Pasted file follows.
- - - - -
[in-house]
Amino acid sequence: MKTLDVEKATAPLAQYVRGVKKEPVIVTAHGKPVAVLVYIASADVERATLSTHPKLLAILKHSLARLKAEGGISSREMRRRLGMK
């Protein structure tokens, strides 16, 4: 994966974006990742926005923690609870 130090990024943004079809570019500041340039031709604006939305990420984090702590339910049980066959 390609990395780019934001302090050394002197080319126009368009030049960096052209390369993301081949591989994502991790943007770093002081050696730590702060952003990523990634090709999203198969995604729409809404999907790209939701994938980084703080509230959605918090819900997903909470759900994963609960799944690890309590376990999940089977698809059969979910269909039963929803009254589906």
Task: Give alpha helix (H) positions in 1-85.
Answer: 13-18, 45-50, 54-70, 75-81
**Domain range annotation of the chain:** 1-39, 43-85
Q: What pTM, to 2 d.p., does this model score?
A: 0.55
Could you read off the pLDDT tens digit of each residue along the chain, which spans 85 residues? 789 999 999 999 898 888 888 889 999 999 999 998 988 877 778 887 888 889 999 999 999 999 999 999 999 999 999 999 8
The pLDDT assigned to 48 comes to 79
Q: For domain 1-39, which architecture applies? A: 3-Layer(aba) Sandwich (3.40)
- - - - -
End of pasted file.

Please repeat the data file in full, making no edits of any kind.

[in-house]
Amino acid sequence: MKTLDVEKATAPLAQYVRGVKKEPVIVTAHGKPVAVLVYIASADVERATLSTHPKLLAILKHSLARLKAEGGISSREMRRRLGMK
């Protein structure tokens, strides 16, 4: 994966974006990742926005923690609870 130090990024943004079809570019500041340039031709604006939305990420984090702590339910049980066959 390609990395780019934001302090050394002197080319126009368009030049960096052209390369993301081949591989994502991790943007770093002081050696730590702060952003990523990634090709999203198969995604729409809404999907790209939701994938980084703080509230959605918090819900997903909470759900994963609960799944690890309590376990999940089977698809059969979910269909039963929803009254589906």
Task: Give alpha helix (H) positions in 1-85.
Answer: 13-18, 45-50, 54-70, 75-81
**Domain range annotation of the chain:** 1-39, 43-85
Q: What pTM, to 2 d.p., does this model score?
A: 0.55
Could you read off the pLDDT tens digit of each residue along the chain, which spans 85 residues? 789 999 999 999 898 888 888 889 999 999 999 998 988 877 778 887 888 889 999 999 999 999 999 999 999 999 999 999 8
The pLDDT assigned to 48 comes to 79
Q: For domain 1-39, which architecture applies? A: 3-Layer(aba) Sandwich (3.40)